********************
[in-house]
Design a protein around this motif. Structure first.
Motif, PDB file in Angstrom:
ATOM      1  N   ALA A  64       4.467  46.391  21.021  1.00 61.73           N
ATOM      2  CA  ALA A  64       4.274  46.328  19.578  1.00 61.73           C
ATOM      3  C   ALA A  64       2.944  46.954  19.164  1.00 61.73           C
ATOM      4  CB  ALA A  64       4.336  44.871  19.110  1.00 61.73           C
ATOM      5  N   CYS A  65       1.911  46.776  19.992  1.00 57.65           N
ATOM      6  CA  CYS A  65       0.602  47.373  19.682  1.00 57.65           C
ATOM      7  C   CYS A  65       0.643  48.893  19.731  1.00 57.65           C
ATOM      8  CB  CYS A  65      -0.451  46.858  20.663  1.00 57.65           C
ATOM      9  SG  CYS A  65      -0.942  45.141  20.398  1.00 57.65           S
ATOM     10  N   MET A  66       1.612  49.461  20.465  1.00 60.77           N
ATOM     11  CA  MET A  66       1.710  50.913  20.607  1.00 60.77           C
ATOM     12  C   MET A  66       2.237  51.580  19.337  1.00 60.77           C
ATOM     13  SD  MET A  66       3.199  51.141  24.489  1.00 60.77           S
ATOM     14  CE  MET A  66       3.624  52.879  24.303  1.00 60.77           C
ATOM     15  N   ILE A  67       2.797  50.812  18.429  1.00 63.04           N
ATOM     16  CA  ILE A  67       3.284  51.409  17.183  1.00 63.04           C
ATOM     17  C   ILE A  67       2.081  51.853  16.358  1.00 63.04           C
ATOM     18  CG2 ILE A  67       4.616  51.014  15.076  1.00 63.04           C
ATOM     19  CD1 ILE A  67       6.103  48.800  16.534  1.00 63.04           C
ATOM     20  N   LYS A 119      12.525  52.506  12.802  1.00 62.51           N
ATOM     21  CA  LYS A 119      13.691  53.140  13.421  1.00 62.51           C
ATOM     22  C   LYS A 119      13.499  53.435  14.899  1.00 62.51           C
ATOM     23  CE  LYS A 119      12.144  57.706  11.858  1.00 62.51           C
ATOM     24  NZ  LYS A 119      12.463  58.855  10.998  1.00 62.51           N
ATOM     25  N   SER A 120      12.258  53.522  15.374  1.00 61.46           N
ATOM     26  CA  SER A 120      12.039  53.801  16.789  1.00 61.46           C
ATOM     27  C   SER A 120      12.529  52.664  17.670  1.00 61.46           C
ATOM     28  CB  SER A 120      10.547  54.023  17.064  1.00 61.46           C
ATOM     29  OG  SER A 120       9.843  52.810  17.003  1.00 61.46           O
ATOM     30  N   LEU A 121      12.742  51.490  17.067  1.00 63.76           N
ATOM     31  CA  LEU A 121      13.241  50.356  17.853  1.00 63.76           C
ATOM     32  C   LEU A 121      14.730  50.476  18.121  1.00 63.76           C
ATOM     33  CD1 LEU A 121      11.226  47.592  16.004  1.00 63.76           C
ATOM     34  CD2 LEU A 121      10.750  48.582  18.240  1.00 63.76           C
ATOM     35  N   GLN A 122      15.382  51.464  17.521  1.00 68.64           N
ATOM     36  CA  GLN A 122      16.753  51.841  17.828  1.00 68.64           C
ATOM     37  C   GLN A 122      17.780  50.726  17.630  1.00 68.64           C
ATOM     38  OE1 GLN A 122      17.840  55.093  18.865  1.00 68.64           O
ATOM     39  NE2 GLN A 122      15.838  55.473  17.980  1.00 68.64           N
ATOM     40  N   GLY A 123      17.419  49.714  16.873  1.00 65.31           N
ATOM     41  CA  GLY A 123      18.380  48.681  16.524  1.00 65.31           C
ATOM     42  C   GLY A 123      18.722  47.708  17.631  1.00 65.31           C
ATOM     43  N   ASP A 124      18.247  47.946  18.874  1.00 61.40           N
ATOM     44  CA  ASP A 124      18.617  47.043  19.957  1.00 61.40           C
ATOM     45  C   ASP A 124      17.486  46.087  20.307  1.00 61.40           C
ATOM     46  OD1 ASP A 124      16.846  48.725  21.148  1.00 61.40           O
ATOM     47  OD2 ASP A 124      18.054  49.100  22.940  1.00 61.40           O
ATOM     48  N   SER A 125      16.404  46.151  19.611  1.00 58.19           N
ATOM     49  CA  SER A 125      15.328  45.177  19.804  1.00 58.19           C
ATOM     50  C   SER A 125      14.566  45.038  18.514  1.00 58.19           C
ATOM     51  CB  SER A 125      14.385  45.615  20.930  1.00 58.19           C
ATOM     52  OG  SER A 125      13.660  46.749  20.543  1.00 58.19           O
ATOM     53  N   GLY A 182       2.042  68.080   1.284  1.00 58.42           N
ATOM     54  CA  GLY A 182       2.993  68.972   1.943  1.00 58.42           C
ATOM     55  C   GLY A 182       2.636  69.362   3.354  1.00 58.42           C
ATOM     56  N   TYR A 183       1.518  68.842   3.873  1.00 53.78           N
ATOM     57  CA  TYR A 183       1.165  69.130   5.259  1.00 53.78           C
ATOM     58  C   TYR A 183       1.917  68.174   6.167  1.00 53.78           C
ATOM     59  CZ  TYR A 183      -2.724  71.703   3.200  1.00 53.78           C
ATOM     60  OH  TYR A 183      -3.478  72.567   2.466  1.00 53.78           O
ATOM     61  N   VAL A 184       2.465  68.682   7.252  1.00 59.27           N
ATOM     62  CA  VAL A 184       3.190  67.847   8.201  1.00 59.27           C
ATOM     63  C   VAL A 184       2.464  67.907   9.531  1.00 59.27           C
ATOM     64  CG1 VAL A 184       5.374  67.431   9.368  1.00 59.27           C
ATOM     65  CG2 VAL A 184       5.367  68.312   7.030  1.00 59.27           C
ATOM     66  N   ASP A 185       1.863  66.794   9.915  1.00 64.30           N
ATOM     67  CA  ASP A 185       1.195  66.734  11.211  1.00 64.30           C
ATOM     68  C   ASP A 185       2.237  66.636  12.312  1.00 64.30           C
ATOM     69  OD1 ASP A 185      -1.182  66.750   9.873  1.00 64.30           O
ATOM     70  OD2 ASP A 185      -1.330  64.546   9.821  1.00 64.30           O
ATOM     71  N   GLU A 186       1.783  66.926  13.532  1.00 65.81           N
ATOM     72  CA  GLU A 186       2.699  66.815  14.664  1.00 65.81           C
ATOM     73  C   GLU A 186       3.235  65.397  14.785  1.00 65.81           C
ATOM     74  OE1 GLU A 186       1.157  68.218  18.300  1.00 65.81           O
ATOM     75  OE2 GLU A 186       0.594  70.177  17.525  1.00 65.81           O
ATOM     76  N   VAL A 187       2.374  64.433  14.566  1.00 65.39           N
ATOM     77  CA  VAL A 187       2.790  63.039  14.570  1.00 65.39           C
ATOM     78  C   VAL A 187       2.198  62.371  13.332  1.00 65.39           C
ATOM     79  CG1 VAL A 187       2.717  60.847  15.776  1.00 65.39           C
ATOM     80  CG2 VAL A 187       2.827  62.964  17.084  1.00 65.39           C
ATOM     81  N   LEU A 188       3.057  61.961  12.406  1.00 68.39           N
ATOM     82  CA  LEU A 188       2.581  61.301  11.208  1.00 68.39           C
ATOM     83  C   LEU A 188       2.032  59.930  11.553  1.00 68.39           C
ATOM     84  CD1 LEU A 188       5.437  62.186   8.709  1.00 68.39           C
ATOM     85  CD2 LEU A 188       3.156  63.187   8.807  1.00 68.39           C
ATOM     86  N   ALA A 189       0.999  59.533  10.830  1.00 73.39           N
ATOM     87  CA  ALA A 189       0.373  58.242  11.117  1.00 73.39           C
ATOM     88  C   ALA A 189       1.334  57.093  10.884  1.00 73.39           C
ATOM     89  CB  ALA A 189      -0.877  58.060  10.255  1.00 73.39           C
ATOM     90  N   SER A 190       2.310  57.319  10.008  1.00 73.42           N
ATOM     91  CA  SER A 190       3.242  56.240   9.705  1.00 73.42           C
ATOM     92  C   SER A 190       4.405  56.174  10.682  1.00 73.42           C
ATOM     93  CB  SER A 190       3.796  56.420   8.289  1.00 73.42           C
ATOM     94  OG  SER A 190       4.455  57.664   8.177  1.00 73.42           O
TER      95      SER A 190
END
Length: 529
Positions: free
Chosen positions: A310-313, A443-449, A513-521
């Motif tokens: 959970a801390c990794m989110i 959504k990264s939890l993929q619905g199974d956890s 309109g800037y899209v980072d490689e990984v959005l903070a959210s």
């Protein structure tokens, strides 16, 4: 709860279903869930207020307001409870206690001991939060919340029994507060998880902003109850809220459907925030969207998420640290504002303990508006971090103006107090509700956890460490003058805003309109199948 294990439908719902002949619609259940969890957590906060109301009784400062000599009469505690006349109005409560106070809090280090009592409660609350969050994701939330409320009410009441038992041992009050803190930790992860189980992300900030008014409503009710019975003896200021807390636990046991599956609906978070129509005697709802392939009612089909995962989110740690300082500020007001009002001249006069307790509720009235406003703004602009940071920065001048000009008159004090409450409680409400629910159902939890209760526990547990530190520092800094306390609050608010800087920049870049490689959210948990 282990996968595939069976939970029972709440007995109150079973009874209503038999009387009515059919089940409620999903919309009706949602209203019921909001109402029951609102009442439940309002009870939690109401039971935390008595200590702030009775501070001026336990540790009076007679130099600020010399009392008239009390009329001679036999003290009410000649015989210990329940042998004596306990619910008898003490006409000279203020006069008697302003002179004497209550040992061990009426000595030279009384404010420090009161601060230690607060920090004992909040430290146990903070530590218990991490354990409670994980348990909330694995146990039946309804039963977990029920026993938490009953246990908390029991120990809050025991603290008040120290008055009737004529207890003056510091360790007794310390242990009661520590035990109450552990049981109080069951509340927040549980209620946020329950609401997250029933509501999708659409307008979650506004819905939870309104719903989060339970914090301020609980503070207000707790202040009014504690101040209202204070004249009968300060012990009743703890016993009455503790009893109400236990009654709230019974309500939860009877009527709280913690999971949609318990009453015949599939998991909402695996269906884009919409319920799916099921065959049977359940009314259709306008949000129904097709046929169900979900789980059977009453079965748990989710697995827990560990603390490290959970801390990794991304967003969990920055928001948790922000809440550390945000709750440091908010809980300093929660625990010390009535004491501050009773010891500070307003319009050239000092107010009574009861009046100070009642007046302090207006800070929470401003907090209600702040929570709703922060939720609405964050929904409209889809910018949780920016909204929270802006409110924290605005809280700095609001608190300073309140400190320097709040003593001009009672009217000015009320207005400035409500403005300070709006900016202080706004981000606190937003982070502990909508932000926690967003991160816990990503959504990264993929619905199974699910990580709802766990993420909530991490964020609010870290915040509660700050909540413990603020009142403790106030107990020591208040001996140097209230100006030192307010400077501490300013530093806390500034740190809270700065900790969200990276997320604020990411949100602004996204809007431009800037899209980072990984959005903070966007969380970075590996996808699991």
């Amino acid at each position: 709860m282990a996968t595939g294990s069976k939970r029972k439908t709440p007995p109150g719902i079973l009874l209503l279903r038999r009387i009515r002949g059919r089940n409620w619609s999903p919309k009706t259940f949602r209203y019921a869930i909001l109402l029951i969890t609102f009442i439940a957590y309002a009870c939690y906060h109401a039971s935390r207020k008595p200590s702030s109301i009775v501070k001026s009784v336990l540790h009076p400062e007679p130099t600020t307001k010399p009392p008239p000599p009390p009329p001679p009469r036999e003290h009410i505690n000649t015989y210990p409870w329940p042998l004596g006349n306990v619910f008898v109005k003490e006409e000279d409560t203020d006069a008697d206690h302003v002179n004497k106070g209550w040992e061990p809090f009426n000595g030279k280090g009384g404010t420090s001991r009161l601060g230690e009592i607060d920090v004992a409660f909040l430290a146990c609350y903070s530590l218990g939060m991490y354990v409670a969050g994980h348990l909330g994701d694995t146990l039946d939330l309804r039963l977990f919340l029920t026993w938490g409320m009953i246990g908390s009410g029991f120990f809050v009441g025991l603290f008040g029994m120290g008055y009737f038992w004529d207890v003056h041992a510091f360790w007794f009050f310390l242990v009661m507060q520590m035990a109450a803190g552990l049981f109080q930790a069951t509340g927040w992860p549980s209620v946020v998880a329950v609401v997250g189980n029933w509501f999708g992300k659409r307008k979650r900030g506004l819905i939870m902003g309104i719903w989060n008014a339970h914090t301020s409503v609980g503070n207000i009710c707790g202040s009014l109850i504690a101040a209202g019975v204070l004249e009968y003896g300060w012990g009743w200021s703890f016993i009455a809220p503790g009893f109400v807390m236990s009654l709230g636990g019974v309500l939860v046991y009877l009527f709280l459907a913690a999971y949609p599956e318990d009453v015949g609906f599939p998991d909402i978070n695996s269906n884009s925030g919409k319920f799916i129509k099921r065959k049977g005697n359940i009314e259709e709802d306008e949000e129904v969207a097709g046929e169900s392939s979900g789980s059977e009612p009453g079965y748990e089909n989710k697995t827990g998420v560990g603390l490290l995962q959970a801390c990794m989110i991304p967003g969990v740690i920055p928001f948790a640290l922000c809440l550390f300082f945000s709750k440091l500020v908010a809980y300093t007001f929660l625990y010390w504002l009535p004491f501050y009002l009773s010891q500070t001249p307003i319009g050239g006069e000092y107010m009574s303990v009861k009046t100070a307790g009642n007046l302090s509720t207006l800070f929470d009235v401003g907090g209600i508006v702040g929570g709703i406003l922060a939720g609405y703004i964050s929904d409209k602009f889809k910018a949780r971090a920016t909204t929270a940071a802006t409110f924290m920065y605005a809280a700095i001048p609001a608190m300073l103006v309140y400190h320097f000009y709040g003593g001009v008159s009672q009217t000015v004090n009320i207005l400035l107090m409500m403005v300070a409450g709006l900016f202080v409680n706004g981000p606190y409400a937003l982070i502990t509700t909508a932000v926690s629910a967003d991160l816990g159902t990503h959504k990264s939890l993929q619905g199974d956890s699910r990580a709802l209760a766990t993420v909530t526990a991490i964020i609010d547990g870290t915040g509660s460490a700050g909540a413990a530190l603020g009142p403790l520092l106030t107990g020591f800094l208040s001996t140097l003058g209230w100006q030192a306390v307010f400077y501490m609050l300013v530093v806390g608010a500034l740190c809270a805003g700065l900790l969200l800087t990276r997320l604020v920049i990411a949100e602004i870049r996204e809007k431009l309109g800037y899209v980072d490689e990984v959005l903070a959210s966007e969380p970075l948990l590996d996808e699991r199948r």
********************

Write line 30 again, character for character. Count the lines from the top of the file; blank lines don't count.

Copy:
ATOM     27  C   SER A 120      12.529  52.664  17.670  1.00 61.46           C